Career > > 1998 > Antony and Cleopatra

Antony and Cleopatra

October 20, 1998 - December 03, 1998 | The Royal National Theatre
Directed by: Sean Mathias | Literature: William Shakespeare | Set Design: Tim Hatley
Antony (Alan Rickman), right hand man to the late Julius Caesar, has been spending such an inordinate amount of time in Egypt with Cleopatra (Helen Mirren) that his jealous wife has begun to wage war on Caesar's heir Octavius Caesar (Jonathan Hyde) expressly to bring him back. When she suddenly dies, Antony, realizing his career and possibly his life hang in the balance, leaves to meet with Octavius Caeser. In order to remain his good graces, Antony agrees to marry the emporer's sister Octavia (Katia Caballero), despite his passion for Cleopatra.
Cast: Alan Rickman (Antony), Helen Mirren (Cleopatra), Finbar Lynch (Enobarus), Samuel West (Octavius Caesar), Raad Rawi (Lepidus), Katia Caballero (Octavia), Danny Sapani (Sextus Pompeius), Trevyn McDowell (Charmian), Nina Sosanya (Iras), David Phelan (Agrippa), Adam Magnani (Canidius, Menecrates), Giles Tomlin (Deemetrius, Dercetus), Hosh Ibrahim (Diomedes), Henry Ian Cusick (Dolabella), Finbar Lynch (Domitius Enobarbus), In-Sook Chappell (Egyptian), Leo Wringer (Eros), Riz Abbasi (Gallus, Cleopatra’s Messenger), Janet Spencer-Turner (Lady), Raad Rawi (Lepidus), Gareth Harris (Maecenas), Brett Fancy (Menas), Katia Caballero (Octavia), Sean Francis (Philo, Proculeius), Mark Bonnar (Scarus), Jiro Sakamoto (Seleucus, Egyptian), Danny Sapani (Sextus Pompeius), Adam Croasdell (Soldier), Razaaq Adoti (Taurus, Alexas), Edward Laurie (Thidias)

Production Photos

Production Notes

For the third time in her career, Helen Mirren tackled Cleopatra on stage. The role launched her professional theatre career in 1965 and set a high point with an Olivier Award nominated rendition in 1982 opposite Michael Gambon. So, when the National Theatre paired Mirren with Alan Rickman, the entire run is already sold out. If you want to put bums on seats hire Helen Mirren and Alan Rickman to play two of the greatest roles in Shakespeare. Unfortunately, as the Telegraph wrote in its review, “Mirren’s sensual Cleopatra is let down by a lacklustre lover.”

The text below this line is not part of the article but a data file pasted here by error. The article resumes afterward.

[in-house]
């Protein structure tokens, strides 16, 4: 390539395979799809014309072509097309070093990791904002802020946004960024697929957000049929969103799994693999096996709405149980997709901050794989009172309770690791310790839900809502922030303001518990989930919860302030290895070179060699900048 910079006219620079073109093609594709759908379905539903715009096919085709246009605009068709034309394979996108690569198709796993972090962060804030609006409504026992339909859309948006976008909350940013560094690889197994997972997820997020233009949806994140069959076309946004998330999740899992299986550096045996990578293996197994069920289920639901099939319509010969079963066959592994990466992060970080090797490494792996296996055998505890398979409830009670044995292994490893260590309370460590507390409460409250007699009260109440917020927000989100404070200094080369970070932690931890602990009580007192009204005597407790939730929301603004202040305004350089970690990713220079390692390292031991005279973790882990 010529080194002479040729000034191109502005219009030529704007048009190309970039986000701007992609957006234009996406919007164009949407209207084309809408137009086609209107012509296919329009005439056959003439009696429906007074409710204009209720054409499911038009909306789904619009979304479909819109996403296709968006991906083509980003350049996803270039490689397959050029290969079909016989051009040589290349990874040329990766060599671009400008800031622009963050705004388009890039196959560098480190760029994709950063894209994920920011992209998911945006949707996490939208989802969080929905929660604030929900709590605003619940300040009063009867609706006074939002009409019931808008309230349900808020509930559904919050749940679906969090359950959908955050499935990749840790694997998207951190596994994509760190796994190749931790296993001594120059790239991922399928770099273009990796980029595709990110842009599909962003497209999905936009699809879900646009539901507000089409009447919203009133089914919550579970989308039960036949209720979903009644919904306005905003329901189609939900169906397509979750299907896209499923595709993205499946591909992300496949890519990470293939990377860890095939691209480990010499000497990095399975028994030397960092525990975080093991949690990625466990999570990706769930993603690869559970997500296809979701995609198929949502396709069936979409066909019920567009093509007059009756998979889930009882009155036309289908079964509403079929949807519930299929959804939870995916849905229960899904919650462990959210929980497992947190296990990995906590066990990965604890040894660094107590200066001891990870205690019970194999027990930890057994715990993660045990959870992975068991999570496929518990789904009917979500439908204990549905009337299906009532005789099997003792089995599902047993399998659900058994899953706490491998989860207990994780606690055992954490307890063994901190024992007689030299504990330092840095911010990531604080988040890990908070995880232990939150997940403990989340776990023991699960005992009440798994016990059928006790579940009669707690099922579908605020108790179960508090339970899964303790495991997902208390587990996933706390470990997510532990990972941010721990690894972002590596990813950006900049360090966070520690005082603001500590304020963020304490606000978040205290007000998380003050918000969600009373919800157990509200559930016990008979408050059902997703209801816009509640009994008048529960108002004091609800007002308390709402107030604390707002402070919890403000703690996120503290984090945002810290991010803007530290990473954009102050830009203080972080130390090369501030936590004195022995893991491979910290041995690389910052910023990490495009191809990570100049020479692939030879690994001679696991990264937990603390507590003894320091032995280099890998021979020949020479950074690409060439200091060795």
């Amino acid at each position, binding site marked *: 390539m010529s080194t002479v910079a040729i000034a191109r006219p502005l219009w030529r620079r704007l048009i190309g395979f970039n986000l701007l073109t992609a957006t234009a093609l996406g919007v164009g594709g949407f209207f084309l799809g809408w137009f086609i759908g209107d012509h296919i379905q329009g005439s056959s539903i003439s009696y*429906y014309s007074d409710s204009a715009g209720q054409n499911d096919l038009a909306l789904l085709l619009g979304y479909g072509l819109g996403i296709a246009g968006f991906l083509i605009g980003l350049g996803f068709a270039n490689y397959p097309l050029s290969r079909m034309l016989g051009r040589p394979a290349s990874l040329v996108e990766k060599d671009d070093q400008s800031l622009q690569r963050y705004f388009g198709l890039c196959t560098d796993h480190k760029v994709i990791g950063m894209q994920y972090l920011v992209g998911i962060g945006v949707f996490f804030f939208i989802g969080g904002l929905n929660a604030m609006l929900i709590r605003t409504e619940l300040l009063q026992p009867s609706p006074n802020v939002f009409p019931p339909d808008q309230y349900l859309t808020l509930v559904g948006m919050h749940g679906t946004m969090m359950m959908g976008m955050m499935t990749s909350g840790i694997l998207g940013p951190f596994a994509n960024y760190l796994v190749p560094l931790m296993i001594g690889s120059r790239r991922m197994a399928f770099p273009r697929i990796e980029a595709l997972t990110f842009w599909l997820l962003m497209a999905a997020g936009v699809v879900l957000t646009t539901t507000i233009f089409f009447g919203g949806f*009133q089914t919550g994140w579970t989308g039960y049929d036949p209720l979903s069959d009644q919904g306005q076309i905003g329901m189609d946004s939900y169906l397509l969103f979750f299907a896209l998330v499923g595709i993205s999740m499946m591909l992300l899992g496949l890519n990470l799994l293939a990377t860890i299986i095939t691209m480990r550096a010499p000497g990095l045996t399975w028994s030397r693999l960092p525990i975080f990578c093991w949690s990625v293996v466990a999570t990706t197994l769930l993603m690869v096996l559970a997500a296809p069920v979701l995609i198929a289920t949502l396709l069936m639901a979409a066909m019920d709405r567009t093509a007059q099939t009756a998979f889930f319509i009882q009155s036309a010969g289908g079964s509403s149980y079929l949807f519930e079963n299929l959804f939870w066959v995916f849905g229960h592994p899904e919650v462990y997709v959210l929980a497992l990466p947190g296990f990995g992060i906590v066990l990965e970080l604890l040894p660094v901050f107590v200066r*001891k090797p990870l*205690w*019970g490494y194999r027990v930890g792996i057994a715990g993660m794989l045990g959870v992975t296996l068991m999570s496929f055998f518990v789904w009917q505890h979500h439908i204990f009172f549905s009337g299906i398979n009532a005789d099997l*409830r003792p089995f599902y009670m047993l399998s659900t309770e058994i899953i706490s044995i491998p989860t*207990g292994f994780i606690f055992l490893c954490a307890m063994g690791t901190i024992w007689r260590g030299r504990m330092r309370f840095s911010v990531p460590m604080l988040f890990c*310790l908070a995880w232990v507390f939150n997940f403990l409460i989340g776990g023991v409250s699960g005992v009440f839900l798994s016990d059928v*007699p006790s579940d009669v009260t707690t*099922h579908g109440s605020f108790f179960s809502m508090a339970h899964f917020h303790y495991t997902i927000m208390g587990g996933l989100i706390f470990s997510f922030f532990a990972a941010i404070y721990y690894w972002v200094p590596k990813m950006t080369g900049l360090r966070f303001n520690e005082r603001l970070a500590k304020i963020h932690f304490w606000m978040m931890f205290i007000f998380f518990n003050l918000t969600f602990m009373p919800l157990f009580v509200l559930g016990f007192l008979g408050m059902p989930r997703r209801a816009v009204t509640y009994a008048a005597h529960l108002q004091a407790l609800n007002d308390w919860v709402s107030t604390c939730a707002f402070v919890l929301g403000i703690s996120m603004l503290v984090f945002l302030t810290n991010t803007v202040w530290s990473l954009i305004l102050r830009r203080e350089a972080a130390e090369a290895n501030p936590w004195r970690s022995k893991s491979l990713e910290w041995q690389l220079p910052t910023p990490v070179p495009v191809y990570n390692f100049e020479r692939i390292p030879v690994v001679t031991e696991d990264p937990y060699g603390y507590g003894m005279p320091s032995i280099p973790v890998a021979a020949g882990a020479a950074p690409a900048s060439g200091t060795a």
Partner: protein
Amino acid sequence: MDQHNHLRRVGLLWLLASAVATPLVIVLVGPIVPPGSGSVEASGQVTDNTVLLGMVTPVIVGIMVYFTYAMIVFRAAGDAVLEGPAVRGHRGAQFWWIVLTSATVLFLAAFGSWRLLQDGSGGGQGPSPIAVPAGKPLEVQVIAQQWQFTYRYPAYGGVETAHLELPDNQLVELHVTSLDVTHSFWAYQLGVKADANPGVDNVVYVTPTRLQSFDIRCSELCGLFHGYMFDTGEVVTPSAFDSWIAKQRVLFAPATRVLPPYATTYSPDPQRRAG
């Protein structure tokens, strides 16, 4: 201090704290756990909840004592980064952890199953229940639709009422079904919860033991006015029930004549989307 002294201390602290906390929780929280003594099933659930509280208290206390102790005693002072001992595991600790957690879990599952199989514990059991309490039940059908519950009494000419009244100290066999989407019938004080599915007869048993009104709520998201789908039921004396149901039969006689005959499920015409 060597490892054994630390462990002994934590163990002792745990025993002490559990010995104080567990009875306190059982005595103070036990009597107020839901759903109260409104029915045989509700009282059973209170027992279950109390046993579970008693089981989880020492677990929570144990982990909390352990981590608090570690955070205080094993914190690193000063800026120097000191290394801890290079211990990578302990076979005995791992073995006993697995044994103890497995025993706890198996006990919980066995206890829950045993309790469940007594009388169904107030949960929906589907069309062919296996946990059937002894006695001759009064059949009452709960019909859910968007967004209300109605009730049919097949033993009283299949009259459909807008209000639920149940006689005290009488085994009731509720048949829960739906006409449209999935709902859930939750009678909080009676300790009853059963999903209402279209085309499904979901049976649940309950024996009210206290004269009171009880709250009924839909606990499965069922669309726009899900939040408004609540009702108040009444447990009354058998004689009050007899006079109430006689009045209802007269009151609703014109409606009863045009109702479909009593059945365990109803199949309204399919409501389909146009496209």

The Telegraph continues: “A production can survive a rotten design. What it can’t always survive is a performance from Alan Rickman. He was the worst Hamlet in recent memory and now he gives us a thoroughly unengaging and at times downright lazy Antony. From the start, he seems far too weary for anything approaching passion. Apparently suffering from the hangover from hell, his Antony delivers his speeches in a languid monotonous drawl that often does fatal damage to both the rhythm and the sense of the verse. He approaches Mirren’s Cleopatra with all the enthusiasm of a man contemplating his tax return, and you get the impression that almost every chap in the audience must be far more taken with her than the semi-detached actor actually appearing with her on stage. Only when Antony approaches the heart of loss and despair at the end does the performance acquire anything approaching emotional intensity. In these circumstances, Mirren’s performance is heroic. With her spangly dress and braided hair, she initially looks more like the faintly raddled queen of a suburban disco than of old Nile, but she impressively captures Cleopatra’s volatility of mood, and though her variety may be less than infinite, she is funny, touching, sexy, capricious and, at moments, achingly vulnerable.”

The play was universally panned, mostly for Rickman’s performance. The Wall Street Journal wrote, that “the worst offender is Mr. Rickman, who commits every sin against good diction short of mumbling into his shaggy beard.” Variety, at least, praised Mirren’s screen presence. “When Mirren takes the stage, few among the company can do more than flicker alongside those rows of candles, whether Cleopatra is demanding the gossip on Octavia or facing the fatal asp with a deliciously taunting, “Will it eat me?”



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